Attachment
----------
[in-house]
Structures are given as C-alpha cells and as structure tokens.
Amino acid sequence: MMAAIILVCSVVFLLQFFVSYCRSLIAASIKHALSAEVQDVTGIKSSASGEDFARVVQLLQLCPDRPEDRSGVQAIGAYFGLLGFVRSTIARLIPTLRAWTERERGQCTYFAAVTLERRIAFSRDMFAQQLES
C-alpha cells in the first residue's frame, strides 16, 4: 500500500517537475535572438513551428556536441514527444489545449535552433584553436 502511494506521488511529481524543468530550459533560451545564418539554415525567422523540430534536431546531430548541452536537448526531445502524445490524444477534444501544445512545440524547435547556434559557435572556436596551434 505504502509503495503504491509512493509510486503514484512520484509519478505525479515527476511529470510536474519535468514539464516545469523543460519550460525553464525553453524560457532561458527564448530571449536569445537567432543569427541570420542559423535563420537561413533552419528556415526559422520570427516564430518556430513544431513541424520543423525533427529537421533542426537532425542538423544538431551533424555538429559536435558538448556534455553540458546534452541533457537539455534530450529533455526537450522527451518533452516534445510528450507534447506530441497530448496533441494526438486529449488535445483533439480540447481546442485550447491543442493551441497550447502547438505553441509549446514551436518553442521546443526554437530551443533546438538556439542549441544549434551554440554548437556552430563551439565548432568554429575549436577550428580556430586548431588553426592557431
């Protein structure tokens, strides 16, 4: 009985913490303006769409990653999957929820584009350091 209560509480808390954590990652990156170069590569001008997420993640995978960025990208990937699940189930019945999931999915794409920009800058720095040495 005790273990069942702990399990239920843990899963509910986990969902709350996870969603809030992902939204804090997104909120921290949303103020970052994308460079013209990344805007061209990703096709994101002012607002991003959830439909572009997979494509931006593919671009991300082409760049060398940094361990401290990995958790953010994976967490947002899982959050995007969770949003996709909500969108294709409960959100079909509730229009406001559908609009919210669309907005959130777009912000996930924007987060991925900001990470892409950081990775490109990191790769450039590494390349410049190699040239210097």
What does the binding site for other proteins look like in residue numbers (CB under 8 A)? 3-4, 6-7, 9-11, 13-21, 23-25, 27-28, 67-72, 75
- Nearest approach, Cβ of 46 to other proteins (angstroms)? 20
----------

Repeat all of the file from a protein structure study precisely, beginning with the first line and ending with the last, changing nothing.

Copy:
[in-house]
Structures are given as C-alpha cells and as structure tokens.
Amino acid sequence: MMAAIILVCSVVFLLQFFVSYCRSLIAASIKHALSAEVQDVTGIKSSASGEDFARVVQLLQLCPDRPEDRSGVQAIGAYFGLLGFVRSTIARLIPTLRAWTERERGQCTYFAAVTLERRIAFSRDMFAQQLES
C-alpha cells in the first residue's frame, strides 16, 4: 500500500517537475535572438513551428556536441514527444489545449535552433584553436 502511494506521488511529481524543468530550459533560451545564418539554415525567422523540430534536431546531430548541452536537448526531445502524445490524444477534444501544445512545440524547435547556434559557435572556436596551434 505504502509503495503504491509512493509510486503514484512520484509519478505525479515527476511529470510536474519535468514539464516545469523543460519550460525553464525553453524560457532561458527564448530571449536569445537567432543569427541570420542559423535563420537561413533552419528556415526559422520570427516564430518556430513544431513541424520543423525533427529537421533542426537532425542538423544538431551533424555538429559536435558538448556534455553540458546534452541533457537539455534530450529533455526537450522527451518533452516534445510528450507534447506530441497530448496533441494526438486529449488535445483533439480540447481546442485550447491543442493551441497550447502547438505553441509549446514551436518553442521546443526554437530551443533546438538556439542549441544549434551554440554548437556552430563551439565548432568554429575549436577550428580556430586548431588553426592557431
């Protein structure tokens, strides 16, 4: 009985913490303006769409990653999957929820584009350091 209560509480808390954590990652990156170069590569001008997420993640995978960025990208990937699940189930019945999931999915794409920009800058720095040495 005790273990069942702990399990239920843990899963509910986990969902709350996870969603809030992902939204804090997104909120921290949303103020970052994308460079013209990344805007061209990703096709994101002012607002991003959830439909572009997979494509931006593919671009991300082409760049060398940094361990401290990995958790953010994976967490947002899982959050995007969770949003996709909500969108294709409960959100079909509730229009406001559908609009919210669309907005959130777009912000996930924007987060991925900001990470892409950081990775490109990191790769450039590494390349410049190699040239210097």
What does the binding site for other proteins look like in residue numbers (CB under 8 A)? 3-4, 6-7, 9-11, 13-21, 23-25, 27-28, 67-72, 75
- Nearest approach, Cβ of 46 to other proteins (angstroms)? 20